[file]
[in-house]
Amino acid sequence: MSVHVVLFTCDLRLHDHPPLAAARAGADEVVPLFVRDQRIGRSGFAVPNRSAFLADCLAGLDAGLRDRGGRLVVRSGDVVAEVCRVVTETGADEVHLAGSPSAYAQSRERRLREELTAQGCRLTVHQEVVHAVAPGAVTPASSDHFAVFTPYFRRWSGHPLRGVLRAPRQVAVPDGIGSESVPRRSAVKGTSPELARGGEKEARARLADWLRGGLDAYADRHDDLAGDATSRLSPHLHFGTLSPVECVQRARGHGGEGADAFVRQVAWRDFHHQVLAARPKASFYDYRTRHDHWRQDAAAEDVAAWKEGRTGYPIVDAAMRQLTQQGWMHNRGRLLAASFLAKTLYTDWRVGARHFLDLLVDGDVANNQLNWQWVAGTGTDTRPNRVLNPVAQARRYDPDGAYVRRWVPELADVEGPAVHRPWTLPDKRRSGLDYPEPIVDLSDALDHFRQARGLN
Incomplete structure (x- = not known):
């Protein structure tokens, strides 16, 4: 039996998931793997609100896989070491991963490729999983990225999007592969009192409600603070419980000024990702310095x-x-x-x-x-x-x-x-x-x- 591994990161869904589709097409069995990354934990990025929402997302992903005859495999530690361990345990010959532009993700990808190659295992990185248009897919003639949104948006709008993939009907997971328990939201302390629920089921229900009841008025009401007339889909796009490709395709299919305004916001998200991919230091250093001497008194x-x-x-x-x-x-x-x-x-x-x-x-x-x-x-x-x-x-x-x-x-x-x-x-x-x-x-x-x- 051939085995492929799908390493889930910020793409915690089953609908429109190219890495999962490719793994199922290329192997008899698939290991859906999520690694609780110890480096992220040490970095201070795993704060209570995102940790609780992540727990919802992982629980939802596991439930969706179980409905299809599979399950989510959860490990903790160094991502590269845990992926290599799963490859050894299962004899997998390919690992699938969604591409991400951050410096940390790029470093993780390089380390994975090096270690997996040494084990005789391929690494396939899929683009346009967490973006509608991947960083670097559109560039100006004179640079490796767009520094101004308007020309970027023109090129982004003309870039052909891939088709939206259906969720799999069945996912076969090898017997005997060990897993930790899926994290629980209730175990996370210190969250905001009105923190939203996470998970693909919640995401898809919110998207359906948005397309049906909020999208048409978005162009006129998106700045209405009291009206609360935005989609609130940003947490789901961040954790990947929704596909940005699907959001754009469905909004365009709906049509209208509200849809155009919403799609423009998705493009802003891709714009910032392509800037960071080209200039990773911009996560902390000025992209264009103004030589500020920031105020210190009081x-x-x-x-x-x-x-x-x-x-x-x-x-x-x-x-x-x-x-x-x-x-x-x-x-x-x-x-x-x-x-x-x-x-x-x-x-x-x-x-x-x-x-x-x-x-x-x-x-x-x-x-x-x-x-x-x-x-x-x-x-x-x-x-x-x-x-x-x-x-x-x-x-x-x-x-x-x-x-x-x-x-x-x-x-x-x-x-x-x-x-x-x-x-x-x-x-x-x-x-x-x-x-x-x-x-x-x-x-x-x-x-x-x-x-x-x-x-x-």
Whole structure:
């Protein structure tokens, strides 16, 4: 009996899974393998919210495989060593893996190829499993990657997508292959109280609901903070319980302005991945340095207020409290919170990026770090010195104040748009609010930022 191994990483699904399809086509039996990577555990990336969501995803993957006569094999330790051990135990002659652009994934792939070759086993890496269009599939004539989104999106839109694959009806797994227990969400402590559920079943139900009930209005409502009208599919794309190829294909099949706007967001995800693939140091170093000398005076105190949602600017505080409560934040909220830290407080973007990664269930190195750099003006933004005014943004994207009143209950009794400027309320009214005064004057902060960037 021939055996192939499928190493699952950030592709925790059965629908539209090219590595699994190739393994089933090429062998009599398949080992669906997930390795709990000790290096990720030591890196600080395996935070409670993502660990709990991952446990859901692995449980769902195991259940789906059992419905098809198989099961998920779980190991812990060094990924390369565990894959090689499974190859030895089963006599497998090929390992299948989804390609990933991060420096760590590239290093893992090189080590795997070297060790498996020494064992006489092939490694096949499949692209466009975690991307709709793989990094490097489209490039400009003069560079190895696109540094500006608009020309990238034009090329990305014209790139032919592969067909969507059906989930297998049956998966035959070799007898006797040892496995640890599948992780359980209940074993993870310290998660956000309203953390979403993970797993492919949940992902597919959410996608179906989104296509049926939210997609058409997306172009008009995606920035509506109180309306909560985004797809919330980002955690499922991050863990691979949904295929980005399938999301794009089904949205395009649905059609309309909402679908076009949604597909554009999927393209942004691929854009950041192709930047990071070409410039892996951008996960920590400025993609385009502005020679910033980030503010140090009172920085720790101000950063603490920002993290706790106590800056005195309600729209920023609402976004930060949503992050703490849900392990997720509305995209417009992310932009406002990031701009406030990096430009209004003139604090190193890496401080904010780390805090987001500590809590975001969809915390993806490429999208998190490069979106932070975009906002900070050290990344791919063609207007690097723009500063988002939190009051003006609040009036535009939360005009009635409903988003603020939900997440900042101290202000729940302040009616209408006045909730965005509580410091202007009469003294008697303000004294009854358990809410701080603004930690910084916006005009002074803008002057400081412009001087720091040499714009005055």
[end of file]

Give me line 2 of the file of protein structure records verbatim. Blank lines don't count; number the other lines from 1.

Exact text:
Amino acid sequence: MSVHVVLFTCDLRLHDHPPLAAARAGADEVVPLFVRDQRIGRSGFAVPNRSAFLADCLAGLDAGLRDRGGRLVVRSGDVVAEVCRVVTETGADEVHLAGSPSAYAQSRERRLREELTAQGCRLTVHQEVVHAVAPGAVTPASSDHFAVFTPYFRRWSGHPLRGVLRAPRQVAVPDGIGSESVPRRSAVKGTSPELARGGEKEARARLADWLRGGLDAYADRHDDLAGDATSRLSPHLHFGTLSPVECVQRARGHGGEGADAFVRQVAWRDFHHQVLAARPKASFYDYRTRHDHWRQDAAAEDVAAWKEGRTGYPIVDAAMRQLTQQGWMHNRGRLLAASFLAKTLYTDWRVGARHFLDLLVDGDVANNQLNWQWVAGTGTDTRPNRVLNPVAQARRYDPDGAYVRRWVPELADVEGPAVHRPWTLPDKRRSGLDYPEPIVDLSDALDHFRQARGLN